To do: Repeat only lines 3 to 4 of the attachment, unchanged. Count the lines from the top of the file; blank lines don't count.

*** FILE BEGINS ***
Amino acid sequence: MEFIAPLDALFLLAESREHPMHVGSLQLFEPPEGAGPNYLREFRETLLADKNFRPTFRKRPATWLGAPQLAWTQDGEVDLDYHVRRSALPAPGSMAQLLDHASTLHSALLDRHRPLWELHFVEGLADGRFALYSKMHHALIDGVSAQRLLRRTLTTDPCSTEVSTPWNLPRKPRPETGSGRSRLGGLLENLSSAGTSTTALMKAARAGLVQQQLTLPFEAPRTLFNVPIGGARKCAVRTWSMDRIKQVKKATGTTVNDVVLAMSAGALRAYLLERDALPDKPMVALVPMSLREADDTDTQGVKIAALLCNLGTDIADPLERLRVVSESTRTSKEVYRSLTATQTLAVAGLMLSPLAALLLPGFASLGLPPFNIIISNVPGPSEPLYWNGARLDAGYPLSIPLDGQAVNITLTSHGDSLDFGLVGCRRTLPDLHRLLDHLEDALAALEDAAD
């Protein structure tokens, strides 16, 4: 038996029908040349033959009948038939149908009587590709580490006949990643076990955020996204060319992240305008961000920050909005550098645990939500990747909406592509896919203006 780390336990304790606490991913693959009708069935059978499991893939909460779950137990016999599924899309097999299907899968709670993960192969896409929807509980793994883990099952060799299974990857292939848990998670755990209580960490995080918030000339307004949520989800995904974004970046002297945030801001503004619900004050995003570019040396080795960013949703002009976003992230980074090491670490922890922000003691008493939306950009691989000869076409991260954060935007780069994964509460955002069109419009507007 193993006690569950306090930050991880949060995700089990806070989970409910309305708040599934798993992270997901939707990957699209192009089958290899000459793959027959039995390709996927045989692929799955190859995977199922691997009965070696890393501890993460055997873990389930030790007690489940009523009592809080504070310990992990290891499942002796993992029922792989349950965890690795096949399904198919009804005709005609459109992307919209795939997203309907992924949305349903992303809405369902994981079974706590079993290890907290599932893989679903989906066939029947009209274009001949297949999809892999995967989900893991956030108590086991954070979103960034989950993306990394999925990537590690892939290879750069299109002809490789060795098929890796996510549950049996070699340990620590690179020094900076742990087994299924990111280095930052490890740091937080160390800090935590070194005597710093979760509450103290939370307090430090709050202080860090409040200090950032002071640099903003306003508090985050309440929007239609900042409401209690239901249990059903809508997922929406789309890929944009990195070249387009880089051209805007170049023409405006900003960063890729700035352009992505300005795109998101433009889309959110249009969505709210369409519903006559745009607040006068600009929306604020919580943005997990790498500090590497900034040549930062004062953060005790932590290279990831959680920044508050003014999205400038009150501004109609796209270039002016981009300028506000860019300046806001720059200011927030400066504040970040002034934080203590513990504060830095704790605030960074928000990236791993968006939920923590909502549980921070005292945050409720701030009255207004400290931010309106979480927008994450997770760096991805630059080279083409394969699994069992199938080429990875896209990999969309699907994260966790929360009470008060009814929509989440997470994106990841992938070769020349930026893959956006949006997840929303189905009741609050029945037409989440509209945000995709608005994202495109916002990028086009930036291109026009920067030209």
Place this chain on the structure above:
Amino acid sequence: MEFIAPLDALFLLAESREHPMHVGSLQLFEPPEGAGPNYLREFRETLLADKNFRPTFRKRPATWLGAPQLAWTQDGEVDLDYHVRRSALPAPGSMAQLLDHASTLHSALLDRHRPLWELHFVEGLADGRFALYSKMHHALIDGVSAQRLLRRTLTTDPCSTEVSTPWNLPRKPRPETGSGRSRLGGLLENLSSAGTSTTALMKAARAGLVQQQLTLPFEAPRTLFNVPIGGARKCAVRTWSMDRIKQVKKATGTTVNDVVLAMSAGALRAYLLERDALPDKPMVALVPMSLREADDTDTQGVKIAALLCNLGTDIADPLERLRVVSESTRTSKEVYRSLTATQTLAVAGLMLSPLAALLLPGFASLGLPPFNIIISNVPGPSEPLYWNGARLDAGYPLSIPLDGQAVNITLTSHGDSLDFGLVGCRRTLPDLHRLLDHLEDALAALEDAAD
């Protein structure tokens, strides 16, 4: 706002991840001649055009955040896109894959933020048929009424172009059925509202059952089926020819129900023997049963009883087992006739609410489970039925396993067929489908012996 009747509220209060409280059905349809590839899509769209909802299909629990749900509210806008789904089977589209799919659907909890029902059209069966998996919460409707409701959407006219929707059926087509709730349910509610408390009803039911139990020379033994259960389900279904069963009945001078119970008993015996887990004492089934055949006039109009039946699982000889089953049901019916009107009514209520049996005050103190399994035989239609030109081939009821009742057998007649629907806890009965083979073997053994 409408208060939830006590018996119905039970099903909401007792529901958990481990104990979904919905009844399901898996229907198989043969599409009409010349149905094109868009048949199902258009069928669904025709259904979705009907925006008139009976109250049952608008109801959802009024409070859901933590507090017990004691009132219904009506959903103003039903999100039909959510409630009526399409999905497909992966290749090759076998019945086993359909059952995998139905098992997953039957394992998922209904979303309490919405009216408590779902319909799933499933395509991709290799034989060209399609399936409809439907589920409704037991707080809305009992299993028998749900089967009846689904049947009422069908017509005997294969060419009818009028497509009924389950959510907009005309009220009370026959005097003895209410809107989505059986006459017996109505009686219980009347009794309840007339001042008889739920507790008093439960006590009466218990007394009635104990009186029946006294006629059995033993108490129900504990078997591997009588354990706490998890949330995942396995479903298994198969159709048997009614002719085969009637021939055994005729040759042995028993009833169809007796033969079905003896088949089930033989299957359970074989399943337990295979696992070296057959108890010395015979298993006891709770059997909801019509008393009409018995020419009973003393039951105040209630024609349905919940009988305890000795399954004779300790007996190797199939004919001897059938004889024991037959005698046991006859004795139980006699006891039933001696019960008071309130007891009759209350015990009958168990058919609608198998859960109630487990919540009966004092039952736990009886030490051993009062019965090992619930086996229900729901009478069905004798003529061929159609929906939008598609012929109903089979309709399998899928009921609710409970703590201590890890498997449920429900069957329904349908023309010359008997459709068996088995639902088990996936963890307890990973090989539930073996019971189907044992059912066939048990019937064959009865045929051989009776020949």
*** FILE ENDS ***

Place this chain on the structure above:
Amino acid sequence: MEFIAPLDALFLLAESREHPMHVGSLQLFEPPEGAGPNYLREFRETLLADKNFRPTFRKRPATWLGAPQLAWTQDGEVDLDYHVRRSALPAPGSMAQLLDHASTLHSALLDRHRPLWELHFVEGLADGRFALYSKMHHALIDGVSAQRLLRRTLTTDPCSTEVSTPWNLPRKPRPETGSGRSRLGGLLENLSSAGTSTTALMKAARAGLVQQQLTLPFEAPRTLFNVPIGGARKCAVRTWSMDRIKQVKKATGTTVNDVVLAMSAGALRAYLLERDALPDKPMVALVPMSLREADDTDTQGVKIAALLCNLGTDIADPLERLRVVSESTRTSKEVYRSLTATQTLAVAGLMLSPLAALLLPGFASLGLPPFNIIISNVPGPSEPLYWNGARLDAGYPLSIPLDGQAVNITLTSHGDSLDFGLVGCRRTLPDLHRLLDHLEDALAALEDAAD